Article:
It's been a long time since I posted. A good portion of that time has been spent gathering usage statistics. As most libraries are probably doing, we are trying to reduce our journal and database subscriptions. Naturally one of the factors we looked at/are looking at is usage statistics not only for databases, but for individual journal subscriptions. Gathering usage statistics for individual journal titles has proven to be easier said than done.
At past places of work, focus has been on database usage statistics. For some reason, electronic journal subscriptions were left out of the usage statistics gathering equation. However, these statistics are available and should be considered. Tracking usage statistics for print journals (if done) is time consuming. Getting these usage statistics online, however, at least at my place of work, has also proven time consuming and at times it has been about as easy as herding cats.
Without something like Scholarly Stats or 360 Counter, one has to go to each individual journal publisher's site or to the vendor hosting the publication (such as Ingenta) to get the usage statistics. In many cases, gathering statistics for electronic subscriptions involves two steps - activating the IP range for access and activating the Admin account for access to things like maintaining the IP range, branding, and running usage reports. The jobber we use sets up the IP access, however, here the Admin accounts at the publisher sites were not being activated. This isn't a big surprise since until this year there had been no great interest in the usage stats for our electronic subscriptions. It did hinder the usage stat gathering process, though, as it takes time to activate. Another hindrance was when the online access was activated one of two people from our Acquisitions department, the former Electronic Access Librarian, or the Collection Development Librarian were listed as the account Administrator. There was no consistency in how this was set-up meaning there was also no consistency in who received notifications regarding the subscriptions or changes to the Administrative account. In most cases, the admin account had never been accessed. I couldn't begin to count the number of places I've gone or the e-mails I've sent trying to set up access to usage stats for particular journals. Regardless of whether or not it's one title or twenty, the same amount of work is involved to set up the Administrative access. I'd never before realized how many electronic journal subscriptions were single titles from a publisher. It's given a whole new aspect to tracking login information as in many cases it needs to be tracked by journal title as well as publisher.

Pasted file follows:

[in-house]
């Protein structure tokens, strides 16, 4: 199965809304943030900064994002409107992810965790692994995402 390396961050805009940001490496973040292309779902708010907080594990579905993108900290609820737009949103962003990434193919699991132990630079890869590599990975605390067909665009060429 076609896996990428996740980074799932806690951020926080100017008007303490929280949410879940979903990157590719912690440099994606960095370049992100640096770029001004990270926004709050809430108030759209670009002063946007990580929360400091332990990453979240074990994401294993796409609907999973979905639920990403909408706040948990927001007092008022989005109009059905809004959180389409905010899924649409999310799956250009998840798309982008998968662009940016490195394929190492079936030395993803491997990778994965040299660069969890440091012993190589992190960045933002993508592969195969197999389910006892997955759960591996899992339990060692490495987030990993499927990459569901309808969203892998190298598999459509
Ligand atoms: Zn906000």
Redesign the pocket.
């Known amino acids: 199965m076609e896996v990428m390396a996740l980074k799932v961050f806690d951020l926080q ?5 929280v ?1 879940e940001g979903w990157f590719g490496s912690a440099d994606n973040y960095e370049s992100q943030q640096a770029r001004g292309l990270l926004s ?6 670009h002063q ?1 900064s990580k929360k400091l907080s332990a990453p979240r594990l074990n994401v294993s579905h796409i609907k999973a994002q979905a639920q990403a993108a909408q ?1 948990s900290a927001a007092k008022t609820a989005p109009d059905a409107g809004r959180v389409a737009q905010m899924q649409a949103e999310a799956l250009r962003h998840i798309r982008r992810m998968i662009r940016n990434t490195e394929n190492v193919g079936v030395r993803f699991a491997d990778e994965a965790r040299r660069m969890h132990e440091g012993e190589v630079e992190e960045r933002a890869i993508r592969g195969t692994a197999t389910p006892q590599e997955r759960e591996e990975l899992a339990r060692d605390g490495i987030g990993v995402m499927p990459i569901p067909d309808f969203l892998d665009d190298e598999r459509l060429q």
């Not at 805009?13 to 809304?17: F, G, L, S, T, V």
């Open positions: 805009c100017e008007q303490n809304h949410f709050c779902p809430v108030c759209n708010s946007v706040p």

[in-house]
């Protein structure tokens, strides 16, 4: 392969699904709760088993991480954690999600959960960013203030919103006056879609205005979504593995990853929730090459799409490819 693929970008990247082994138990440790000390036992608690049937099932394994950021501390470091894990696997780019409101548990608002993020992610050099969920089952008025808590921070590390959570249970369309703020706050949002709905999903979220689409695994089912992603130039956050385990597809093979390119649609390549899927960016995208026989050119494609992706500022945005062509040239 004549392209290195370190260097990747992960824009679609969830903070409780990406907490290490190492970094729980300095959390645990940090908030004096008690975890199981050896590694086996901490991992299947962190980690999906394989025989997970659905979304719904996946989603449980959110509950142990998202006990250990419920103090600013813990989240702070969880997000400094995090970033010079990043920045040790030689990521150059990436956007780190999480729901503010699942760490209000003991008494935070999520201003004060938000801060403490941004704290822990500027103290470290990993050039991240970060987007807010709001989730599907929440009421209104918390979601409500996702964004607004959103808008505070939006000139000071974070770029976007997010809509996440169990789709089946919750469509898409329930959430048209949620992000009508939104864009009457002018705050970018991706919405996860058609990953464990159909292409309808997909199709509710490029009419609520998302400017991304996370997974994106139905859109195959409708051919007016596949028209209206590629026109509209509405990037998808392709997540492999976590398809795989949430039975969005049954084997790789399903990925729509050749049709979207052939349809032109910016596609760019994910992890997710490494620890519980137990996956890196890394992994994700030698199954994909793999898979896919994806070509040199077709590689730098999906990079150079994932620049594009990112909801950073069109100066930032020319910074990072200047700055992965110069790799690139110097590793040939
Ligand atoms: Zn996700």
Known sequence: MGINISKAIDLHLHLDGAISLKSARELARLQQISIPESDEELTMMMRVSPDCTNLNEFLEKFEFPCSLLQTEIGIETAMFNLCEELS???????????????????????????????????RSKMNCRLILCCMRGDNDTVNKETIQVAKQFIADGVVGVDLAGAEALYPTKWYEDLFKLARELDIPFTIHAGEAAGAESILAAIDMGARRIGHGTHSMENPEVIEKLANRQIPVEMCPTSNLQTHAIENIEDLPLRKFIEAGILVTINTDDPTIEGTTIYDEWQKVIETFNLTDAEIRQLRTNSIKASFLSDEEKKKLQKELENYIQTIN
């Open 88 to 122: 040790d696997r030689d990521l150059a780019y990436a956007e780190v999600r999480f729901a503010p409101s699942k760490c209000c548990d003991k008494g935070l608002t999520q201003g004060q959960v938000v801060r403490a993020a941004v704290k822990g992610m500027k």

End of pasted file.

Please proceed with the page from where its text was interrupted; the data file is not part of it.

For some reason, I naively expected when I began this process, that someone already had all of this information on a spreadsheet and I could just use that. This is how it worked at previous jobs. Most of the databases were on a spreadsheet; none of the publishers were. This is where processes come in. As electronic subscriptions increase, there needs to be an understanding between all departments as to who does what and what that requires. The Acquisitions department never gathered usage stats or branded a database, so while they forwarded outage e-mails or upgrade e-mails, sadly, in many cases e-mails advising of platform switches or other admin account changes were simply left in someone's inbox. Creating the process that in essence changes, and in some ways questions, old processes can be daunting. Not only does there need to be a primary person for this process, who does what and the account access information should be documented. People move on to other jobs; whoever follows behind them should be able to pick up where they left off.